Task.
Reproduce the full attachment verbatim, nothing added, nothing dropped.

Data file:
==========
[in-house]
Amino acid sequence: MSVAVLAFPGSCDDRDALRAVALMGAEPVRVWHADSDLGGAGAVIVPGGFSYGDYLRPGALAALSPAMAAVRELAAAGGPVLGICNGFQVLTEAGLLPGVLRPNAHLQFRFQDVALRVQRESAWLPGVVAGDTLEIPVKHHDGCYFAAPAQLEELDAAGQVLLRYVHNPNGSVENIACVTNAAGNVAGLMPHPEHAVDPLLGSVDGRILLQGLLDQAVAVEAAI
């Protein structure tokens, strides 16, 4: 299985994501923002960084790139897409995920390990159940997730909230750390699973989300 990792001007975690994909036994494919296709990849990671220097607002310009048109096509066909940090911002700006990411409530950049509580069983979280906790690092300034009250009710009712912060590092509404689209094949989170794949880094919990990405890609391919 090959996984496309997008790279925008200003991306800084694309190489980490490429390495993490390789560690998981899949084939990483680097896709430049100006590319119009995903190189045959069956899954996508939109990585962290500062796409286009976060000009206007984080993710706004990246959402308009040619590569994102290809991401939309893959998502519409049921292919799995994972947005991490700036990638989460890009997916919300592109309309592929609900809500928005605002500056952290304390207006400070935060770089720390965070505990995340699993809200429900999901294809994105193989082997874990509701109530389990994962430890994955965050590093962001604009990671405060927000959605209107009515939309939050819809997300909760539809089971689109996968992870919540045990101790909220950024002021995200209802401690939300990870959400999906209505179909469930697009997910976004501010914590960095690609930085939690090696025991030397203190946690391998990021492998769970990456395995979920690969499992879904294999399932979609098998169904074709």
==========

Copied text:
[in-house]
Amino acid sequence: MSVAVLAFPGSCDDRDALRAVALMGAEPVRVWHADSDLGGAGAVIVPGGFSYGDYLRPGALAALSPAMAAVRELAAAGGPVLGICNGFQVLTEAGLLPGVLRPNAHLQFRFQDVALRVQRESAWLPGVVAGDTLEIPVKHHDGCYFAAPAQLEELDAAGQVLLRYVHNPNGSVENIACVTNAAGNVAGLMPHPEHAVDPLLGSVDGRILLQGLLDQAVAVEAAI
């Protein structure tokens, strides 16, 4: 299985994501923002960084790139897409995920390990159940997730909230750390699973989300 990792001007975690994909036994494919296709990849990671220097607002310009048109096509066909940090911002700006990411409530950049509580069983979280906790690092300034009250009710009712912060590092509404689209094949989170794949880094919990990405890609391919 090959996984496309997008790279925008200003991306800084694309190489980490490429390495993490390789560690998981899949084939990483680097896709430049100006590319119009995903190189045959069956899954996508939109990585962290500062796409286009976060000009206007984080993710706004990246959402308009040619590569994102290809991401939309893959998502519409049921292919799995994972947005991490700036990638989460890009997916919300592109309309592929609900809500928005605002500056952290304390207006400070935060770089720390965070505990995340699993809200429900999901294809994105193989082997874990509701109530389990994962430890994955965050590093962001604009990671405060927000959605209107009515939309939050819809997300909760539809089971689109996968992870919540045990101790909220950024002021995200209802401690939300990870959400999906209505179909469930697009997910976004501010914590960095690609930085939690090696025991030397203190946690391998990021492998769970990456395995979920690969499992879904294999399932979609098998169904074709």